Heaven: Better Than You Can Imagine

By Neil Earle

“Eye has not seen, nor ear heard, nor have entered into the heart of man the things which God has prepared for those who love him” (2 Corinthians 2:9).

Most Christians look forward to heaven or some form of eternal reward following this human existence. And rightly so. Even in the Old Testament there was a strong hint at a future much-prized destiny for those who seek and cherish God (Psalm 16:10). In the middle of the Covid-19 outbreak in July, 2020, I was asked by a younger protégé, “What has Jesus Christ put into your mind these days?”

For me, being now 73 years old and being a person with pre-existing conditions it was Hebrews 12:22-24. “But you have come to Mount Zion and to the city of the living God, the heavenly Jerusalem, and to innumerable angels in festal gathering, and to the assembly of the firstborn who are enrolled in heaven, and to God the judge of all, and to the spirits of the righteous made perfect, and to Jesus…”

These verses make up a famous passage near the end of Paul’s Letter to the Hebrews. His letter has been all about the superiority of Jesus Christ and His priesthood to the older tabernacle system Moses had set up in the wilderness. The legendary expositor William Barclay used Hebrews 12 to press home Paul’s main theme of the superiority of the Christian’s future in the heavenly Jerusalem to Israel’s distressing experience at the foot of Mount Sinai (lightning, smoke, loud voices).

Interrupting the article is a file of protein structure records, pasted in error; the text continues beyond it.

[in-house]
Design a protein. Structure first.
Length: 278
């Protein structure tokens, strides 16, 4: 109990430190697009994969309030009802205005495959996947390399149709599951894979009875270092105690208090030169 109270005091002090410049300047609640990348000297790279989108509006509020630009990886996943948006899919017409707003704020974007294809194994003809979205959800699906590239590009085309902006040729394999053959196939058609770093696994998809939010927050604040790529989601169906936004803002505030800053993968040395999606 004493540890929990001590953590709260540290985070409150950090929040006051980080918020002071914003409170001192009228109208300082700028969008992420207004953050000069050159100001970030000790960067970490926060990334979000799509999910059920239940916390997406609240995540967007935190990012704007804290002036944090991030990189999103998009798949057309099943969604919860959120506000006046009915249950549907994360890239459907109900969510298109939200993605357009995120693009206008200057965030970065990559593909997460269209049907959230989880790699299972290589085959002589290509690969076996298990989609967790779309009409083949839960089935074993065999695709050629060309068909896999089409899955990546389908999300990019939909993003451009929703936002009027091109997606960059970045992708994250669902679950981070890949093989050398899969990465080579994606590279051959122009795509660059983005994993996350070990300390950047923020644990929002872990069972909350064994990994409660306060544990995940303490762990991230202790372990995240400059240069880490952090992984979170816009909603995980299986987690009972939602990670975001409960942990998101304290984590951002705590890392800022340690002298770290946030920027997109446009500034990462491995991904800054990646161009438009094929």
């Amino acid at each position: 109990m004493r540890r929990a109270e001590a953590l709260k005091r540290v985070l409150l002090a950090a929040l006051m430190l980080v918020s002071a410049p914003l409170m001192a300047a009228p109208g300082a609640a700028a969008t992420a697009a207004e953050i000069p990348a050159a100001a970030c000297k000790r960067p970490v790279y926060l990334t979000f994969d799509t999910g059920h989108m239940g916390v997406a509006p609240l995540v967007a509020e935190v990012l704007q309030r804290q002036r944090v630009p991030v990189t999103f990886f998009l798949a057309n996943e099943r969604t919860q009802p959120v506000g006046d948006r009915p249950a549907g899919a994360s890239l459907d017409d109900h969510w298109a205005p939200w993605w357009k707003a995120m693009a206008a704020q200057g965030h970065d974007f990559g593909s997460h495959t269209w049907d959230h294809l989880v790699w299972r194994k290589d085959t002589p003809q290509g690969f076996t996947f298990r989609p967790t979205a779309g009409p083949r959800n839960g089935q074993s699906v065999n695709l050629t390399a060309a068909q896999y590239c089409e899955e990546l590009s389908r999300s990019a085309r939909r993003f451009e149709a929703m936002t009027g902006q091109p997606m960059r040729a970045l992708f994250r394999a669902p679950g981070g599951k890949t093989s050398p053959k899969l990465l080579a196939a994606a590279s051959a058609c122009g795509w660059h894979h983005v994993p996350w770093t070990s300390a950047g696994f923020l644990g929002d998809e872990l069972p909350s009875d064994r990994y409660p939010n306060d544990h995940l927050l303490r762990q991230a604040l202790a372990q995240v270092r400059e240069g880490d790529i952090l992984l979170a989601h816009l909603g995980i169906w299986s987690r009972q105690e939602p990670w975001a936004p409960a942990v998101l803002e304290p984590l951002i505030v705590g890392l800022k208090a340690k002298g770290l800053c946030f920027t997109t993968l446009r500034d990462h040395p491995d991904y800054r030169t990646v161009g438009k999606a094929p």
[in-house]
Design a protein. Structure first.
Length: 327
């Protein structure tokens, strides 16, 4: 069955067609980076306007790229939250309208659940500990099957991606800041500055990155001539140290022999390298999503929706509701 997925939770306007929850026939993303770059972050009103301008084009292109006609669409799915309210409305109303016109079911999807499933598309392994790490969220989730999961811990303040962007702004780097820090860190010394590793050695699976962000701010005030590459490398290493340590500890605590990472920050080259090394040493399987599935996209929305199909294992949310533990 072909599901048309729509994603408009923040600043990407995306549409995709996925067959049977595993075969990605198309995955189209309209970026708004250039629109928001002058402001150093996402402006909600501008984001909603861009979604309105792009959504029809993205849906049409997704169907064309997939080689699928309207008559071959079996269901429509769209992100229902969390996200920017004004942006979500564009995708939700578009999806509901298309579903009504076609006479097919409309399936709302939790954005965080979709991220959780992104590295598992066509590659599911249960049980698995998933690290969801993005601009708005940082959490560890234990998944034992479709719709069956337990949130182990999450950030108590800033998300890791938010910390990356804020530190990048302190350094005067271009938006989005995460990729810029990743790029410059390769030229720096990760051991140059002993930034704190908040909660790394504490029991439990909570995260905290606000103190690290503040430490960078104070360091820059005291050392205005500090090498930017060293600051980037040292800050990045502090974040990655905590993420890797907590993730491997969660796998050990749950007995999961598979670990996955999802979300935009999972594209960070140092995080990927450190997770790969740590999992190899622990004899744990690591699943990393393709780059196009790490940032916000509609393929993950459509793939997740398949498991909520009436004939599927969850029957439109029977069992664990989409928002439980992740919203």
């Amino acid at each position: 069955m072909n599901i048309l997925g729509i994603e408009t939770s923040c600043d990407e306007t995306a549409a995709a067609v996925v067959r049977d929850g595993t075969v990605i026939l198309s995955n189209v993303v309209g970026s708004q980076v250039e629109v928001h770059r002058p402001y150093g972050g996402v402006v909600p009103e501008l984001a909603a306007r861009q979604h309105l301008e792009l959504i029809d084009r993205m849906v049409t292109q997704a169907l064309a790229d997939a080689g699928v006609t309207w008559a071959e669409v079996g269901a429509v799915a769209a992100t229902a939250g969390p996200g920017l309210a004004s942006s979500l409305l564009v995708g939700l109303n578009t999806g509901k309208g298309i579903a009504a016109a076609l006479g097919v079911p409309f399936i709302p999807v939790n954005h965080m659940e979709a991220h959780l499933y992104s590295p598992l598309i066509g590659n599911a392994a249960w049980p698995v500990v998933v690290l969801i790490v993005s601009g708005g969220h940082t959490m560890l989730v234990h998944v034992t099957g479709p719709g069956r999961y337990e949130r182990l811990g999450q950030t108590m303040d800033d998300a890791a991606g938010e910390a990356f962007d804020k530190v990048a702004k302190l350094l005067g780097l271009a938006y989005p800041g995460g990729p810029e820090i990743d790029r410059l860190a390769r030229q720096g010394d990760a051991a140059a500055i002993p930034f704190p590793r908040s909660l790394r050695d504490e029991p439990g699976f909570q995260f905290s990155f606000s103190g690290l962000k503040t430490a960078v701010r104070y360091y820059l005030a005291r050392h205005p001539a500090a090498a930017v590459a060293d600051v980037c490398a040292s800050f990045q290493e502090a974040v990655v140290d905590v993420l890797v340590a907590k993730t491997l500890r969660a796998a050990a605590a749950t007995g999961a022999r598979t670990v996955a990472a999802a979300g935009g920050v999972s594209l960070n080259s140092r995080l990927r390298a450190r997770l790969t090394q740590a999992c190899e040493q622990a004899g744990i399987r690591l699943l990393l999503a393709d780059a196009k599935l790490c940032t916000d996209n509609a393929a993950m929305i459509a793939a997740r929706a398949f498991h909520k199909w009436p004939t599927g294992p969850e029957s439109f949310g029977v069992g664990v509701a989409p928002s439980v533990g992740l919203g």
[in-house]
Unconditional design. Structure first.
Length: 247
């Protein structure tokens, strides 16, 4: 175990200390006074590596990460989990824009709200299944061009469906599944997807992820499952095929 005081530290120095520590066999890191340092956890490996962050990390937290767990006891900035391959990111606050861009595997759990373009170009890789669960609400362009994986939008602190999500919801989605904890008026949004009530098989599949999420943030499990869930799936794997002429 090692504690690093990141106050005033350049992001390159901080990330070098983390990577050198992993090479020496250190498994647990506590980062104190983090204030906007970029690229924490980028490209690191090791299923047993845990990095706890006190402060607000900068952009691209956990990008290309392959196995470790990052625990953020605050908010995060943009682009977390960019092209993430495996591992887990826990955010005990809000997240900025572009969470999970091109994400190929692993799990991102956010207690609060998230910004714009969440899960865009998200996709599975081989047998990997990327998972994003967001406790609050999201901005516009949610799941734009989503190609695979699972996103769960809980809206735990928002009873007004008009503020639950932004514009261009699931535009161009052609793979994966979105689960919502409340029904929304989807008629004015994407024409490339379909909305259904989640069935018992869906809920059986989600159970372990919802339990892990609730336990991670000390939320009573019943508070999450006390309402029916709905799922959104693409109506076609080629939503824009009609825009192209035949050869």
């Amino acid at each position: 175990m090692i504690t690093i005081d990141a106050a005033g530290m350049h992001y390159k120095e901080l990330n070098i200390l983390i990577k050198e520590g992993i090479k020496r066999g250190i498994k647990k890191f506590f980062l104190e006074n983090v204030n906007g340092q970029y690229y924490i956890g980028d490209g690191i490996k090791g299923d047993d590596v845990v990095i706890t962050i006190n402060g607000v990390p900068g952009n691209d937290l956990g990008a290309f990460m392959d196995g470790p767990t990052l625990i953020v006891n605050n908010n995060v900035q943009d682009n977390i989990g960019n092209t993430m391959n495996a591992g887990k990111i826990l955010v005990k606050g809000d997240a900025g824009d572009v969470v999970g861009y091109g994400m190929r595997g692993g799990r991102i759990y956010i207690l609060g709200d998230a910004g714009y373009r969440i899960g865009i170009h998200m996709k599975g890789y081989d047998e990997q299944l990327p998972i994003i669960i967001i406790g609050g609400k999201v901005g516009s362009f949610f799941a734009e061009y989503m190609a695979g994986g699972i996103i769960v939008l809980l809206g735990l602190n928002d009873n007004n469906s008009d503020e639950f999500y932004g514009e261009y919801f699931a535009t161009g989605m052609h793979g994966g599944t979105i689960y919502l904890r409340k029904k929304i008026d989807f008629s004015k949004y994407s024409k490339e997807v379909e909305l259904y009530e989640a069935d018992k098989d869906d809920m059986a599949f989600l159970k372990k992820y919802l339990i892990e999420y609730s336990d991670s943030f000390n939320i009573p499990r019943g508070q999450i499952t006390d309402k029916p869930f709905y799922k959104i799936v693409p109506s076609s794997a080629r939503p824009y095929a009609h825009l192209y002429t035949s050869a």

At Mount Sinai the Law was given with such force and drama that Moses himself admitted to being terrified (Hebrews 12:21). Christians are promised a different reception as they approach, following death, the heavenly city, the new Jerusalem, the spiritual Mount Zion.

What is awaiting the faithful after this life?

A Biblical Overview

Let’s gather a few Biblical data on heaven as summarized by the Oxford Bible Dictionary. These are based on such texts as Psalm 115:3, Psalm 68:5, and 1 Kings 8:27 and Isaiah 44:24.

“In the Bible as in the English language, heaven can refer to the regions of the atmosphere or also to a supernatural world. Birds fly in the heaven (Jeremiah 4:25) and the clouds are there (Proverbs 8:27-28). Heaven also refers to the firmament or celestial vault (Genesis 1:6) which divides the waters above from those beneath and is supported on pillars…

“The supernatural heaven is the dwelling place of God…The Hebrews spoke of the existence of several heavens, and Paul had a mystical experience of being taken up to the third heaven (2 Corinthians 12:1). Christ ascended above all the heavens (Ephesians 4:10) …God’s throne is in heaven (Isaiah 66:1) and angels surround it (1 Kings 22:19) and this vision is developed in Revelation 4. In the highest heaven there is a tabernacle or true tent (Hebrews 8:2) exalted above the heavens (Hebrews 7:26), where Christ the true High Priest offers spiritual sacrifices and intercedes for faithful Christians…

“The names of the redeemed are recorded in heaven (Hebrews 12:23) which is a realm of joy (Luke 15:7) and ‘peace’ (Luke 19:38). The description of heaven in Revelation 4, 14 and 21 representing the ultimate triumph of God, have often provided the ground of hope for life after death and have been a fertile source of imagery in Christian hymns” (page 143).